UGANDA: Sanitary pad project "changes refugees' lives"
A refugee peels a papyrus reed, one of the initial stages in the production of the Makapads sanitary pads at Kyaka II refugee settlement, southwestern Uganda
KYAKA II, 9 March 2010 (IRIN) - A project using papyrus and waste paper to make sanitary pads has changed the life of Evelyne Banyamisa, who fled rebel violence in Bunia, north-eastern Democratic Republic of Congo (DRC) in 2003 when she was only 13.
After leaving the DRC, Bamanyisa ended up in south-western Uganda where she has been living as a refugee. She was separated from her parents as they fled Bunia, and Banyamisa, her elder brother, a younger sister and a niece, arrived in the Kyaka II refugee camp where they lived together as a family until 2008 when her brother disappeared.
“I don’t know where he went; I have reported his disappearance but I have not so far heard anything; right now I am taking care of my sister, my niece and an orphan who I decided to take in as she did not have anyone to help her,” Banyamisa, now aged 20, told IRIN on 7 March.
With the help of the UN Refugee Agency (UNHCR), Banyamisa managed to continue with her schooling while in Uganda, dropping out in the third year of secondary school.
"I was idle for about two years with nothing to do here in Kyaka,” she said. “Fortunately, I got employed in June 2009 by Makapad where I am now the quality controller,” Banyamisa said. “I get a monthly salary of 80,000 shillings [US$40] which I use to sustain my family; where would I have gotten such money without Makapads?”
Set up in 2008 by a Makerere University professor, UNHCR and its implementing partner GTZ, the Makapads project has not only transformed the livelihoods of its employees, it has also made available sanitary pads for tens of thousands of refugees – most of them Congolese – living in settlements in south-western Uganda.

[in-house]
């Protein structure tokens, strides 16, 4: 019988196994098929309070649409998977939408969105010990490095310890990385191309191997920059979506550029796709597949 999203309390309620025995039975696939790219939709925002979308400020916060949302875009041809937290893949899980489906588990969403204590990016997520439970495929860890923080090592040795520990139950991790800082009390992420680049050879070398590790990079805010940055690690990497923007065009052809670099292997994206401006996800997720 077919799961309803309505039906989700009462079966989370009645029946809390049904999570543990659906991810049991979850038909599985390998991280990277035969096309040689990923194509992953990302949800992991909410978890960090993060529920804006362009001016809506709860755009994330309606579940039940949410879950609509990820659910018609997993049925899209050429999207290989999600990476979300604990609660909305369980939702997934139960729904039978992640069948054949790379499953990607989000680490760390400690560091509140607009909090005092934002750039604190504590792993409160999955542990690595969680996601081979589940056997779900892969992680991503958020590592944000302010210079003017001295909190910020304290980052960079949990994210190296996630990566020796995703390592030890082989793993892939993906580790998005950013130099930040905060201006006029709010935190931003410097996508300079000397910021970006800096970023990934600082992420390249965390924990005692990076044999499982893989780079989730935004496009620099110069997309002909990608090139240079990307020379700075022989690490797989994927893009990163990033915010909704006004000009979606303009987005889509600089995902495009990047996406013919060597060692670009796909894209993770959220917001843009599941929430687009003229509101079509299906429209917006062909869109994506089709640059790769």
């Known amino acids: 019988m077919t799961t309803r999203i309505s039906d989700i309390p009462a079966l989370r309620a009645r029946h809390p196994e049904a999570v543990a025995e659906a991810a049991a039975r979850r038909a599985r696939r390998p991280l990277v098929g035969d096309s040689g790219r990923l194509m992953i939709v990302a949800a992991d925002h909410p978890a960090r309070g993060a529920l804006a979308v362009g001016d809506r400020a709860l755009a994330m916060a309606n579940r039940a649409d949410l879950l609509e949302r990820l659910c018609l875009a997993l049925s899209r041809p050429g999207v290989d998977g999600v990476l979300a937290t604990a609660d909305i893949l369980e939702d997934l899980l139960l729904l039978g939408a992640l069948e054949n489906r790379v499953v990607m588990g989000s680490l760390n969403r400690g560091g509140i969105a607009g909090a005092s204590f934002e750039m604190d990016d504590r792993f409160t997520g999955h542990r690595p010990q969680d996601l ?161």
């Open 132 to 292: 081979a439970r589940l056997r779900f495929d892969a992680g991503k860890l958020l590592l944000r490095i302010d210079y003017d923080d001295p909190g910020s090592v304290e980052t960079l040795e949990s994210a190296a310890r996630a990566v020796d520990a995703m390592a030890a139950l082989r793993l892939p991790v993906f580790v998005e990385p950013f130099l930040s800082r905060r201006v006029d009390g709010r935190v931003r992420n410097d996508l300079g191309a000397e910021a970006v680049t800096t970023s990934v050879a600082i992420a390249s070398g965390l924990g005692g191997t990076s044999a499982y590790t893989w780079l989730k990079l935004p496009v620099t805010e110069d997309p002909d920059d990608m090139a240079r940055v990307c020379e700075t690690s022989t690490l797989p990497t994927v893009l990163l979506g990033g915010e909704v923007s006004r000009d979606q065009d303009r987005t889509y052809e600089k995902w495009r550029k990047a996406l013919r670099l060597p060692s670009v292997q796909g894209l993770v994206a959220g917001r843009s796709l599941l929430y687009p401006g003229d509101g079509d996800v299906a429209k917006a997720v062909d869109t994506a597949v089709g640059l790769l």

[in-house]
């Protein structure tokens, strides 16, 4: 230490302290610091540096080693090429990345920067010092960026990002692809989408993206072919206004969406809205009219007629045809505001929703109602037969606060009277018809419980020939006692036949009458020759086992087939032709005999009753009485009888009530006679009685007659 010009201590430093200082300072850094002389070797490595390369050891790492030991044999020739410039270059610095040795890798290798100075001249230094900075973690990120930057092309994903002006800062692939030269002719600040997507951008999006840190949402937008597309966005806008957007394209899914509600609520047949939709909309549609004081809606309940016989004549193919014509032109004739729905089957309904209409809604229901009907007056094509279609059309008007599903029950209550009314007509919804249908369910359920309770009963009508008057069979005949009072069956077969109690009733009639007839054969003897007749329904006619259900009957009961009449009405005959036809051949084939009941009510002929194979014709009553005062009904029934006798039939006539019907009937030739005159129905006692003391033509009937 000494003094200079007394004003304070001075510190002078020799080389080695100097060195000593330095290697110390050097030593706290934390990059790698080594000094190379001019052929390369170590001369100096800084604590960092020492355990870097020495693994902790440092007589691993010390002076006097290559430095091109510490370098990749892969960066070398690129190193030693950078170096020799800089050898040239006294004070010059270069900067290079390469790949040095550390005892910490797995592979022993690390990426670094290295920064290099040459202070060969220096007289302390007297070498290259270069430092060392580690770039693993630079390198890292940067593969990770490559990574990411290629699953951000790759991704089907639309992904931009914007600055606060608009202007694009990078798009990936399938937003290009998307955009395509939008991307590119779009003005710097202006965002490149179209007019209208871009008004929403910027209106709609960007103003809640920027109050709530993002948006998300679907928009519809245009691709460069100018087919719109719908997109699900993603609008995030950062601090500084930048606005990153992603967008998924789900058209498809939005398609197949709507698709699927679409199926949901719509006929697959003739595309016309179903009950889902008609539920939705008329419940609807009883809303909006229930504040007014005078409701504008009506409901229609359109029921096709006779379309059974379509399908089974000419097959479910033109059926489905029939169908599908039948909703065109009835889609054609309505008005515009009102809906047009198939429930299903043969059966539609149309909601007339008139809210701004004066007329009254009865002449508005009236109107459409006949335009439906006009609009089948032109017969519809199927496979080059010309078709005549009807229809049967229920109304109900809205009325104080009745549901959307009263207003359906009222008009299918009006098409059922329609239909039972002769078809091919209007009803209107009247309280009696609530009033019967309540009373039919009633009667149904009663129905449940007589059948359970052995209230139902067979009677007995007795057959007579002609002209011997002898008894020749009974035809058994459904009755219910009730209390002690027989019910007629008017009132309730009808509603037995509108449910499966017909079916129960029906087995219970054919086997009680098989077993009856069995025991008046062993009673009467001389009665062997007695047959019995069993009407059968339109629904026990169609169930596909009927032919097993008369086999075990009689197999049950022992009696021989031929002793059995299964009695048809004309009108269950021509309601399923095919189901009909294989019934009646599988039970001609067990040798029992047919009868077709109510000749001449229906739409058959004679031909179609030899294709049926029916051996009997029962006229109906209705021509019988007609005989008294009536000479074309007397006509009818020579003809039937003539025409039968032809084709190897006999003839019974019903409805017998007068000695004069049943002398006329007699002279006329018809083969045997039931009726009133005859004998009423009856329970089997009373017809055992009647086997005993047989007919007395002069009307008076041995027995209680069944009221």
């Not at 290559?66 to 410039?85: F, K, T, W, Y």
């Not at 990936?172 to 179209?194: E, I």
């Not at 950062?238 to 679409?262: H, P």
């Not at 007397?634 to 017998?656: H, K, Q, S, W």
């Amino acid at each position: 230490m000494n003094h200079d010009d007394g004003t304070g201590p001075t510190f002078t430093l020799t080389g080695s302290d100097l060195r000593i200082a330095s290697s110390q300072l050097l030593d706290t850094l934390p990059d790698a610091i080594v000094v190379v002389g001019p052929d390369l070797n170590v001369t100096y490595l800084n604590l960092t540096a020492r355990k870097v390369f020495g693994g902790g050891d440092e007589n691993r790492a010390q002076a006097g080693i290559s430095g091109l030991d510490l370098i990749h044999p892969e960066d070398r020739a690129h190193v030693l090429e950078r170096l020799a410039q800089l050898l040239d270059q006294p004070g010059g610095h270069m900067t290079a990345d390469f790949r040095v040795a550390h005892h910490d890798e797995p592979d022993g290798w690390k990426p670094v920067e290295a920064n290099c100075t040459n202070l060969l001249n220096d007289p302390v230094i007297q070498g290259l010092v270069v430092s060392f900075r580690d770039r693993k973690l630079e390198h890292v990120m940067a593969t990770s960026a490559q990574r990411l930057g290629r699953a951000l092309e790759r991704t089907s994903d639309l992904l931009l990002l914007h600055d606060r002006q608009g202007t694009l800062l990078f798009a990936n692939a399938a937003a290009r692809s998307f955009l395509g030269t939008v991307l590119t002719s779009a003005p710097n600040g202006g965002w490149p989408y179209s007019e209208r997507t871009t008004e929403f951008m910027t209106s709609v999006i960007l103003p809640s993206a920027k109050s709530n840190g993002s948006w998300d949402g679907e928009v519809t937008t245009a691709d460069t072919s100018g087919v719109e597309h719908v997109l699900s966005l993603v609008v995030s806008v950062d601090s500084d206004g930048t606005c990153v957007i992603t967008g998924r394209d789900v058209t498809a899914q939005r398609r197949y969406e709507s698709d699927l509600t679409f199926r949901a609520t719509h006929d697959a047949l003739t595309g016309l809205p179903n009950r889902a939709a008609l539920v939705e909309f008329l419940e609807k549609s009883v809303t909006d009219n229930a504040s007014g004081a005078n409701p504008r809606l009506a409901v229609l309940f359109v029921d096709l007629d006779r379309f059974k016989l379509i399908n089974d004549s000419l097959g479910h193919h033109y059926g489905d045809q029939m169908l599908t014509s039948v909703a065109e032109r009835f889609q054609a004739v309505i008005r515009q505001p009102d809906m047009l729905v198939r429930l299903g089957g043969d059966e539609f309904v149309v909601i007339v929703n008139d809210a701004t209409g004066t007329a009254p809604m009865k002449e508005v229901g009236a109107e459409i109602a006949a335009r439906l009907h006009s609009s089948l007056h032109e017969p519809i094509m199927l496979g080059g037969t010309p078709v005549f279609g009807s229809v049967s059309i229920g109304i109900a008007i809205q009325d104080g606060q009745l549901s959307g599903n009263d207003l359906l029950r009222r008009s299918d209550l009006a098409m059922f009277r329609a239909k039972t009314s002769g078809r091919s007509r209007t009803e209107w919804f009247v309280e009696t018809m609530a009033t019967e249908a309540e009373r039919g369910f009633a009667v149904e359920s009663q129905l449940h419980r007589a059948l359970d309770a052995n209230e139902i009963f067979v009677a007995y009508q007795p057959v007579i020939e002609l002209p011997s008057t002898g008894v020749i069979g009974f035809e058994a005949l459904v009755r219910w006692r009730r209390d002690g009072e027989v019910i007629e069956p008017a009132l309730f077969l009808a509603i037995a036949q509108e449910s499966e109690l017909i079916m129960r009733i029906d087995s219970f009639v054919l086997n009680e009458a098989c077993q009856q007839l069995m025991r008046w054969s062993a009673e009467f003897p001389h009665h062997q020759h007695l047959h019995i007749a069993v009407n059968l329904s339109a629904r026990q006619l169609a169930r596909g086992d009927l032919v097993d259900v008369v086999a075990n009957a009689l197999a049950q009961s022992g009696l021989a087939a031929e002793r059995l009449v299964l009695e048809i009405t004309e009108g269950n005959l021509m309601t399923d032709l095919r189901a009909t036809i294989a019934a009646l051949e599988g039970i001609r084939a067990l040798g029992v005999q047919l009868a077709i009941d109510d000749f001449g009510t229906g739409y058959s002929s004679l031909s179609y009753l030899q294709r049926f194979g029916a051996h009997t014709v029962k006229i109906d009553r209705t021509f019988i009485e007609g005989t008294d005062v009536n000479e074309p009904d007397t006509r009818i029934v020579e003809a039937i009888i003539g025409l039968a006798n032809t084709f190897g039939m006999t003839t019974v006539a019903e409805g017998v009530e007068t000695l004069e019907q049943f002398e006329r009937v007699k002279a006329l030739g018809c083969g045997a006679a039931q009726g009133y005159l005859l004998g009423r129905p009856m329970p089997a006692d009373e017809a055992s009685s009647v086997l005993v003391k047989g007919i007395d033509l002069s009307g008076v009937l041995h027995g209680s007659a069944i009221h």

Moses Kizza Musaazi, a senior lecturer at Makerere University, initiated the project to help disadvantaged girls access affordable sanitary pads. The project later received support from UNHCR and GTZ, leading to the establishment of two sites in Kyaka II refugee settlement where the pads are produced, purchased by UNHCR and distributed among refugees.
The Makapads are also produced in the capital, Kampala, at the faculty of technology at Makerere University.
Photo: Jane Some/IRIN
|The UN refugee agency, UNHCR, buys the pads for distribution among female refugees living in settlements in southwestern Uganda. They are also available for sale at local outlets
Inside the 209 sqkm Kyaka II refugee settlement, the Makapads project is run on two sites, employing dozens of refugees, mostly women. The site where Banyamisa is employed has 29 workers, 24 of whom are women.
"The project has also attracted the interest of nationals living close to the refugee settlement. They want to be involved as they realize it is beneficial but right now we only have refugees working here,” Ibrahim Rumanyika, the project manager for the Makapads project in Kyaka II said.
Rumanyika is a Congolese refugee who arrived in Uganda six years ago.